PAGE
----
Alumna Carol Pearce Volunteers Web Skills for Good Causes
San José State University School of Information alumna Carol Pearce has more than 20 years experience in the technology field, doing everything from web design to trouble shooting and quality assurance. So when Pearce signs up to volunteer her time to charitable causes, she brings an arsenal of skills to the table. “I try to do work for non-profits as much as I can because they often really need the help,” said Pearce, who graduated in 2006.
Pearce spent more than two years working on the website for the Children of Ethiopia Education Fund (COEFF), which seeks to improve the lives and educational opportunities for girls in Ethiopia. COEFF was started by Toronto-based librarian Shirley Lewis, who frequently visits Ethiopia and works to improve educational access for women. Pearce became involved with COEEF somewhat on a whim – after graduating in December 2006, she saw a posting on the iSchool listserv seeking a volunteer to help Lewis design the site from scratch. Pearce initially thought it would be a couple weeks worth of work, but she enjoyed it so much that she not only created the COEFF site but went on to update and maintain it over the next two years.
While doing her volunteer work, Pearce landed her “dream job” working as project manager for Emeryville, California-based Innovative Interfaces, which is best known as the maker of Millennium library software. “I was very careful about the jobs I interviewed for after graduating because I knew I wasn’t going to work in a library unless it was in a technical capacity. This job seemed even more exciting, giving me the opportunity to work with the software that helps run a library,” she said.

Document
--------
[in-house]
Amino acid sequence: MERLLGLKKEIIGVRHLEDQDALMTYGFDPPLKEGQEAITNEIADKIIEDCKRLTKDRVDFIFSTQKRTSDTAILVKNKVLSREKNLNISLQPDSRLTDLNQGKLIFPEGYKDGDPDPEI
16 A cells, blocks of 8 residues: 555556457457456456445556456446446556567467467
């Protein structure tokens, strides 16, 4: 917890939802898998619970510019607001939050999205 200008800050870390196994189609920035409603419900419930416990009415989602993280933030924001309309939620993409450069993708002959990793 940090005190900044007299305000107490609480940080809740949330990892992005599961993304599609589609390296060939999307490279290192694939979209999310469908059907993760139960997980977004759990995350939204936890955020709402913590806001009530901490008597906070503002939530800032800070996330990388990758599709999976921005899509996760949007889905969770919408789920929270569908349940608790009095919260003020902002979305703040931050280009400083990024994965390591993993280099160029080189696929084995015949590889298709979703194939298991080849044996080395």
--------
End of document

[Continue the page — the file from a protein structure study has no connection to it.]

Pearce decided to earn her MLIS degree shortly after she was laid off from her job as quality assurance manager at a tech company along with the rest of her department. All of her work and that of her colleagues was thrown away in the dumpster, and Pearce knew that employees in the future would have to recreate it just like she undoubtedly had recreated work of co-workers laid off before her. “We had all of this incredible information that was just lost, and it made me want to figure out how to prevent that from happening again by exploring methods of preservation,” she said.
Working for a library software company is far afield from the undergraduate degree in criminology Pearce earned at University of California at Berkeley. Pearce became interested in computers when she started working at a company that made personal computer boards. Her current job allows her to work in her favorite location: the intersection between information and technology.
“I am excited about working with all types of libraries and information technology, but I still love to use my skills to help small non-profit agencies to get their message out to their audience,” she said.